Monday, February 16, 2015

Minsky quoted in the WSJ

Saturday, 02/14/15: Why Bear Markets are Inevitable (Morgan Housel).

We have mentioned Minsky a lot, over the years (he has his own category). It's nice to see him referred to, albeit in a Saturday issue which implies reflective views rather than something more operational (that is, until we have the downturn with the accompanying pain).

At the FEDaerated blog, we're doing a series (albeit slowly) on why the markets crash so fast.

Look at the graph (below) that Housel touts. Now, be aware of several things. For one, the current level is supported by largess on the part of the Fed and other central bankers. Then, recall that those higher levels are supported by rules that keep runaway falls from happening (though they did not catch the not-so-long-ago falls due to technical glitches [it is said, but who knows?] which caused some to experience losses - not golden sacks who was let off the hook). Then, remember that we now have computational influences of an unknown nature, as well as the existence of dark pools, and such, muddying the whole framework. ... We will, in time, go on and on.

Yes, inflated market
We appreciate the Hyman Minsky mention as it will allow another relook: A Theory of Systemic Fragility. ... We intend to show that his sequence (hedge, speculative, ponzi [made-off?]) has been perturbed in ways never consider by Prof Minsky. Namely, computation (dark pools, et al) have exacerbated the problem. My put: flim-flam use of mathematics (easily done since the algorithmic tools allow this) has run amok (it's time for a review).

Remarks: Modified: 02/16/2015

02/16/2015 -- The left side's view.

Wednesday, January 14, 2015

Gab standard II

The original post was dated June 10, 2008. Gosh, over 6 1/2 years ago. Since then, financial discussions have mostly been under the context of FEDaerated (fiat money) in a continuing fashion as problem abound. And, we all of rational mind are waiting for the bubble to burst. The FED's roles dealing with fiat money have exacerbated the problems as seen from the reality of the street (as in, Main and others not called Wall).

One problem is that there is a chimera that comes about, in part, due to charades. Yes, Wall likes to make sure that the game is in their favor. And, a good example of that type of thing could be the dark pools and like ilk. There are others (and, if we could lift the skirt or open the kimono, we would see many, many more).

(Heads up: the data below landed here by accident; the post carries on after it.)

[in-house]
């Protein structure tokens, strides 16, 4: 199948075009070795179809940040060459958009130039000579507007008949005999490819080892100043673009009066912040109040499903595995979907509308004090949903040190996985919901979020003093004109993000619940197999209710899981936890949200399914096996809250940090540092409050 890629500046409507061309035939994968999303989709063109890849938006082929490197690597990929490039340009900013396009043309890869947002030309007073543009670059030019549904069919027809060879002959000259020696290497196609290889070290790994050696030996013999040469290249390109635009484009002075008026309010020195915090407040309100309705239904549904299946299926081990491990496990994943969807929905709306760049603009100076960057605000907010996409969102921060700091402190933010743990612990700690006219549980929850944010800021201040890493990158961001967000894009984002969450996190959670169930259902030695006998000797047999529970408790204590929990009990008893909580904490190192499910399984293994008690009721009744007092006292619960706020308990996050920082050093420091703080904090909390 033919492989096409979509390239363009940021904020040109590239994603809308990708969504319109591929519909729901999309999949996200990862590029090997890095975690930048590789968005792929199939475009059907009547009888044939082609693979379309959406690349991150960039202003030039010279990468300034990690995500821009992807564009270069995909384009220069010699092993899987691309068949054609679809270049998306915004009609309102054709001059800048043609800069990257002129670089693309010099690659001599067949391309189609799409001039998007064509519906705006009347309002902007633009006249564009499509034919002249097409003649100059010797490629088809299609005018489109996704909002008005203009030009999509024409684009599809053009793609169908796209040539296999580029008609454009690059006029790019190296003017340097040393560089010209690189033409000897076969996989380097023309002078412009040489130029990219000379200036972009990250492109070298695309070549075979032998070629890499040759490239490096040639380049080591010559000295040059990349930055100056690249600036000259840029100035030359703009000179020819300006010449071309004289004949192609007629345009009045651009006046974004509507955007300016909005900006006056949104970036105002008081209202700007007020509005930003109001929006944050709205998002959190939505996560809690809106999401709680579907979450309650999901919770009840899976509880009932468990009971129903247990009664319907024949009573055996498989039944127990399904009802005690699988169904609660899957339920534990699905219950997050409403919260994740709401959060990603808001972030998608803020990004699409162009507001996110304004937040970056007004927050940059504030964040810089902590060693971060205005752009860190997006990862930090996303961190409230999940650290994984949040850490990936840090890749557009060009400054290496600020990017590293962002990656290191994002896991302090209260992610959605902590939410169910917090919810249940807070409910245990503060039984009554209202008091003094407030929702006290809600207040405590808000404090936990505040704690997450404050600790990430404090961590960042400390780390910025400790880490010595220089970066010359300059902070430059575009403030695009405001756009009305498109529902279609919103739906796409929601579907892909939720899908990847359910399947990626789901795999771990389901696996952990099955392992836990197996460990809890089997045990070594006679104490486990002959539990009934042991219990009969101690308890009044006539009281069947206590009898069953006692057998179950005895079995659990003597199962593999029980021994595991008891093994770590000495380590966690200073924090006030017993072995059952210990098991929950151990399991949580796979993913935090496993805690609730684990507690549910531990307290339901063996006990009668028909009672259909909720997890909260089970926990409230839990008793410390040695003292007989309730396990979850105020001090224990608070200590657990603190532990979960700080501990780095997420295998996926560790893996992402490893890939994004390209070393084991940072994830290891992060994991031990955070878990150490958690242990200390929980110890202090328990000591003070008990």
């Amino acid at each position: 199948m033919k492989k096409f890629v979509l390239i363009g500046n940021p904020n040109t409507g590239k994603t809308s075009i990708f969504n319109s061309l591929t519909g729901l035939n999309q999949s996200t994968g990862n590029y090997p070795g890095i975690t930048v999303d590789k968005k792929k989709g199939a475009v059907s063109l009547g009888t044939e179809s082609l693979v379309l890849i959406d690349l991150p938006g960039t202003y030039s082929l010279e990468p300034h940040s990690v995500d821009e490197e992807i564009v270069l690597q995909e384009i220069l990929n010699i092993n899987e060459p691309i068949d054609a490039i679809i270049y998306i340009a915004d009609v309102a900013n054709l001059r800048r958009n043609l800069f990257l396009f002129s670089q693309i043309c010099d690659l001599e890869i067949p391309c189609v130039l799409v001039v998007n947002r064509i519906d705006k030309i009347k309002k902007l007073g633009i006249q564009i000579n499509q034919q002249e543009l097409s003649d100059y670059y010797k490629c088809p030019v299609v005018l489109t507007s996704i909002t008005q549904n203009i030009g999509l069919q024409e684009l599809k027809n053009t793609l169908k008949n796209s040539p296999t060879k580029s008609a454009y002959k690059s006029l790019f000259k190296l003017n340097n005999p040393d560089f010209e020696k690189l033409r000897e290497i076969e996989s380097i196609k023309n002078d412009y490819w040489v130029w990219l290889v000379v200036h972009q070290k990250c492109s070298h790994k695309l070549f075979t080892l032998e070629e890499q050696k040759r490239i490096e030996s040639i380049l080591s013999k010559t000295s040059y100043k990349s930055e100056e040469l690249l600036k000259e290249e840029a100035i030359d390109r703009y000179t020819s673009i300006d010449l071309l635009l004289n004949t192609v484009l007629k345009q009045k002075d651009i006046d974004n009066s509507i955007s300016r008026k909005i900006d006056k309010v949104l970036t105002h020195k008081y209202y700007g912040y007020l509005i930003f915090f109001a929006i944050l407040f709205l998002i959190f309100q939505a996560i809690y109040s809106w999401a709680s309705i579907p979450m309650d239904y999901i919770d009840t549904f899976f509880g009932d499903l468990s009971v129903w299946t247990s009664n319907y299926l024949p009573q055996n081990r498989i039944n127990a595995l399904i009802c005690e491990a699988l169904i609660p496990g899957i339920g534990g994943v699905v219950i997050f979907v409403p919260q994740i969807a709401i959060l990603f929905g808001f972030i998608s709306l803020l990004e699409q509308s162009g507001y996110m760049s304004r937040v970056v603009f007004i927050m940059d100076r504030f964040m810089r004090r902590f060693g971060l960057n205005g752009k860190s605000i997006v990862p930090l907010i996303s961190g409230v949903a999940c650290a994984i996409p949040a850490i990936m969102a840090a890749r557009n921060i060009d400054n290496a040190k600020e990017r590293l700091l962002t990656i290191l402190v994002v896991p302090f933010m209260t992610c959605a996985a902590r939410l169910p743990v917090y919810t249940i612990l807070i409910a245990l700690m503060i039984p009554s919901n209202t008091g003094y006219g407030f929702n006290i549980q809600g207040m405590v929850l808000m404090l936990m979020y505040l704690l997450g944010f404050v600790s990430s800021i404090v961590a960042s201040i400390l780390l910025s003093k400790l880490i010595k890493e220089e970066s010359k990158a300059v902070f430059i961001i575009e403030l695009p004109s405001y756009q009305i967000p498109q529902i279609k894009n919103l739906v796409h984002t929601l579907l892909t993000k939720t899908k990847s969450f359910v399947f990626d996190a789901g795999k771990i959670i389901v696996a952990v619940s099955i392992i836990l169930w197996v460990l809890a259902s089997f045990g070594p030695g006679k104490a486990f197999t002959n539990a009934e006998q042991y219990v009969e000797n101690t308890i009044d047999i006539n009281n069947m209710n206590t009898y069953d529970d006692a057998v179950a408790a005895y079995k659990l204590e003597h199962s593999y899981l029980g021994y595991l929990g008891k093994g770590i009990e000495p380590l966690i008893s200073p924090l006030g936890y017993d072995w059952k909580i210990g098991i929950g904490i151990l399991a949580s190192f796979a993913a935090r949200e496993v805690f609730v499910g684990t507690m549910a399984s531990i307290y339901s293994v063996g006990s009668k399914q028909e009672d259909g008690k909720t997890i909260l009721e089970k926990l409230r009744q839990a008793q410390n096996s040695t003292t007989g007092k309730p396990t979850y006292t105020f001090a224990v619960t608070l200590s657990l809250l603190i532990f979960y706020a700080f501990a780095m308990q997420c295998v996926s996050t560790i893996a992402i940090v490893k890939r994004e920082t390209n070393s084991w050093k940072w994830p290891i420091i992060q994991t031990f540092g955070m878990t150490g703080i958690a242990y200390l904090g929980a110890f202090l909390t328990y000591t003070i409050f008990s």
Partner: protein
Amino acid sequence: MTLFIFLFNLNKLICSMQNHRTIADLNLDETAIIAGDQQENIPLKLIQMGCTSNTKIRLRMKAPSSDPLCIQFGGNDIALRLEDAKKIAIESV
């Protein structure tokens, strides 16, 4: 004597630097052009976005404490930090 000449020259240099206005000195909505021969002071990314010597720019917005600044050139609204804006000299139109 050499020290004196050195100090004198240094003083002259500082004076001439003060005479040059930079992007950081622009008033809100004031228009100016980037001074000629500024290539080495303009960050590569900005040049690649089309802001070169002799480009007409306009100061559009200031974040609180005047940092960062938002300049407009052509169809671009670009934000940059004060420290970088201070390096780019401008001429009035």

I noticed, today, that some of the older posts are being read - see the image - which could indicate several things. All of these were from back before the spurt of mania that came from the FED's largess. And, that spurt mainly is equity oriented; savers have been flayed to an inch of their lives (how much longer can they hold on?).

Be that as it may, no one seems to be pushing a normative view. Why? So, we intend to do that. One approach will be to pick up these old posts and bring them up to date. That, of course, will take work and time. But, then, we have already said that we're under no time constraint.


The original post looked at the concept of stable money. You know, figuring that out is not easy. In fact, some approach, such as bitcoin, might be the solution. However, it would be a generally adopted scheme and not privately owned (ah, lots to discuss there).

Now, for a real gas, one of the WSJ articles was talking about the weak dollar. What we know has happened, of late, is that the dollar is strengthening, perhaps too much. One thing for sure is that manipulations like done with the FED's type of operations are oriented to the benefit of the country doing the machinations. Others have to react as best they can.

What kind of strategy is that (asking normatively, okay?) for a sustainable economy?


Before quitting, notice that another of the posts is "Silly games" and refer to the dark pools above. Then, "Why finance?" mentions leeches; yes, still very much apropos.

Remarks: Modified: 01/15/2015

01/15/2015 --  

Tuesday, December 30, 2014

Summary, 2014

This is our fourth year for a summary: 2011, 2012, 2013. In earlier years, there were more posts: 2008 (82), 2009 (60). This year we only had 11 posts.

Part of that is due to the focus. Perhaps, by 2010, the realization of the Fed's largess continuing, and increasing (QE infinity), sank in and caused depression. Not. Rather, it has taken time to get to the current situation which is just ripe for failures all around. How many modes? Ah, we will get into that.

Remember when we said that we were done? Well, we're back!

However. let's look at this year's numbers for Past 30 days and for All time.

Past 30 days                        All time       

Again, "Confoundedness" is the overall top post for readership. Last year, it switched with "Wing and body" and has kept the position. Too, the top posts are older. Usually, when one is read, another of the older variety is picked up. One task will be to put an up-to-date pointer on these so that the reader can follow a link to current discussions.